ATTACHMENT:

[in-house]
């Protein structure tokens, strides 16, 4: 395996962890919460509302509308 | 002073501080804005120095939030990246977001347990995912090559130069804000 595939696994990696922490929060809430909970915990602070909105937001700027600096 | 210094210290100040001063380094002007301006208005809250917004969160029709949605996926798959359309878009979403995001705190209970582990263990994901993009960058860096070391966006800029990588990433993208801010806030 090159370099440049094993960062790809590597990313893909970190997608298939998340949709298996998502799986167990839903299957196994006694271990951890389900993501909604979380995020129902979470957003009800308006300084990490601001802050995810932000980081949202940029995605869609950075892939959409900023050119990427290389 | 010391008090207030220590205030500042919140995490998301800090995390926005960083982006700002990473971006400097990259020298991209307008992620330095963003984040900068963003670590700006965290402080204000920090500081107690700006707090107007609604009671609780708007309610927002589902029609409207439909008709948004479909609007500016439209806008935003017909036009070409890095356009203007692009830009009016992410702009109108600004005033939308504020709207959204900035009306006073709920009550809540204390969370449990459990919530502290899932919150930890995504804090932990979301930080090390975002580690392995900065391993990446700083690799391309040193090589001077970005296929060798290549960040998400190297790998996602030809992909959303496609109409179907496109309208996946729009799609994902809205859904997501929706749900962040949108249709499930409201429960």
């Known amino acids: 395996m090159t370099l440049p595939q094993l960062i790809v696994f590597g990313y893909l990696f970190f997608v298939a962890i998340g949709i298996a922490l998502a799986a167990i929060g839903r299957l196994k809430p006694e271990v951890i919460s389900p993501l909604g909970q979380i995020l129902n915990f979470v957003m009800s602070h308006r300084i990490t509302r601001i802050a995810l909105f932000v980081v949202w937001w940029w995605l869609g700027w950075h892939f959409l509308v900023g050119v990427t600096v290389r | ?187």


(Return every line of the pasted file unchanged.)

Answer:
[in-house]
């Protein structure tokens, strides 16, 4: 395996962890919460509302509308 | 002073501080804005120095939030990246977001347990995912090559130069804000 595939696994990696922490929060809430909970915990602070909105937001700027600096 | 210094210290100040001063380094002007301006208005809250917004969160029709949605996926798959359309878009979403995001705190209970582990263990994901993009960058860096070391966006800029990588990433993208801010806030 090159370099440049094993960062790809590597990313893909970190997608298939998340949709298996998502799986167990839903299957196994006694271990951890389900993501909604979380995020129902979470957003009800308006300084990490601001802050995810932000980081949202940029995605869609950075892939959409900023050119990427290389 | 010391008090207030220590205030500042919140995490998301800090995390926005960083982006700002990473971006400097990259020298991209307008992620330095963003984040900068963003670590700006965290402080204000920090500081107690700006707090107007609604009671609780708007309610927002589902029609409207439909008709948004479909609007500016439209806008935003017909036009070409890095356009203007692009830009009016992410702009109108600004005033939308504020709207959204900035009306006073709920009550809540204390969370449990459990919530502290899932919150930890995504804090932990979301930080090390975002580690392995900065391993990446700083690799391309040193090589001077970005296929060798290549960040998400190297790998996602030809992909959303496609109409179907496109309208996946729009799609994902809205859904997501929706749900962040949108249709499930409201429960």
């Known amino acids: 395996m090159t370099l440049p595939q094993l960062i790809v696994f590597g990313y893909l990696f970190f997608v298939a962890i998340g949709i298996a922490l998502a799986a167990i929060g839903r299957l196994k809430p006694e271990v951890i919460s389900p993501l909604g909970q979380i995020l129902n915990f979470v957003m009800s602070h308006r300084i990490t509302r601001i802050a995810l909105f932000v980081v949202w937001w940029w995605l869609g700027w950075h892939f959409l509308v900023g050119v990427t600096v290389r | ?187």